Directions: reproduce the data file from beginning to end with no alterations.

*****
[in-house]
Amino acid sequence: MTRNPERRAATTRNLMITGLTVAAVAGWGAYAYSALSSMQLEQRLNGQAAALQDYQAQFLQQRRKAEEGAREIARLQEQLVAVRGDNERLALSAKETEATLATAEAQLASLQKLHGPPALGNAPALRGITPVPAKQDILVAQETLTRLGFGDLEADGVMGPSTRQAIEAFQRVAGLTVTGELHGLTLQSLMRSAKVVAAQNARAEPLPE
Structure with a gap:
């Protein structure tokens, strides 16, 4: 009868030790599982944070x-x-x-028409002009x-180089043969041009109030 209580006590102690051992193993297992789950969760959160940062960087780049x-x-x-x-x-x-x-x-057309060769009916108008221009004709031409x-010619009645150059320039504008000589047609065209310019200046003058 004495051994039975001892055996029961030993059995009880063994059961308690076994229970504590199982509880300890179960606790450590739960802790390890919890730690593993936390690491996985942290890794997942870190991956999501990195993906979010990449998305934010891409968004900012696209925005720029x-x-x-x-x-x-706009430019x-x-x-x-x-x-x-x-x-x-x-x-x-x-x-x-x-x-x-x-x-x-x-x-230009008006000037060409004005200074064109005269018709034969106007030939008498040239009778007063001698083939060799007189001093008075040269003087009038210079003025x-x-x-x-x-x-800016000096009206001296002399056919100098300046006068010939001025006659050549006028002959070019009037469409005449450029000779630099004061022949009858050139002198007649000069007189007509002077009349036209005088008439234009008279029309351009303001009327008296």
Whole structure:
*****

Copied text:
[in-house]
Amino acid sequence: MTRNPERRAATTRNLMITGLTVAAVAGWGAYAYSALSSMQLEQRLNGQAAALQDYQAQFLQQRRKAEEGAREIARLQEQLVAVRGDNERLALSAKETEATLATAEAQLASLQKLHGPPALGNAPALRGITPVPAKQDILVAQETLTRLGFGDLEADGVMGPSTRQAIEAFQRVAGLTVTGELHGLTLQSLMRSAKVVAAQNARAEPLPE
Structure with a gap:
């Protein structure tokens, strides 16, 4: 009868030790599982944070x-x-x-028409002009x-180089043969041009109030 209580006590102690051992193993297992789950969760959160940062960087780049x-x-x-x-x-x-x-x-057309060769009916108008221009004709031409x-010619009645150059320039504008000589047609065209310019200046003058 004495051994039975001892055996029961030993059995009880063994059961308690076994229970504590199982509880300890179960606790450590739960802790390890919890730690593993936390690491996985942290890794997942870190991956999501990195993906979010990449998305934010891409968004900012696209925005720029x-x-x-x-x-x-706009430019x-x-x-x-x-x-x-x-x-x-x-x-x-x-x-x-x-x-x-x-x-x-x-x-230009008006000037060409004005200074064109005269018709034969106007030939008498040239009778007063001698083939060799007189001093008075040269003087009038210079003025x-x-x-x-x-x-800016000096009206001296002399056919100098300046006068010939001025006659050549006028002959070019009037469409005449450029000779630099004061022949009858050139002198007649000069007189007509002077009349036209005088008439234009008279029309351009303001009327008296």
Whole structure: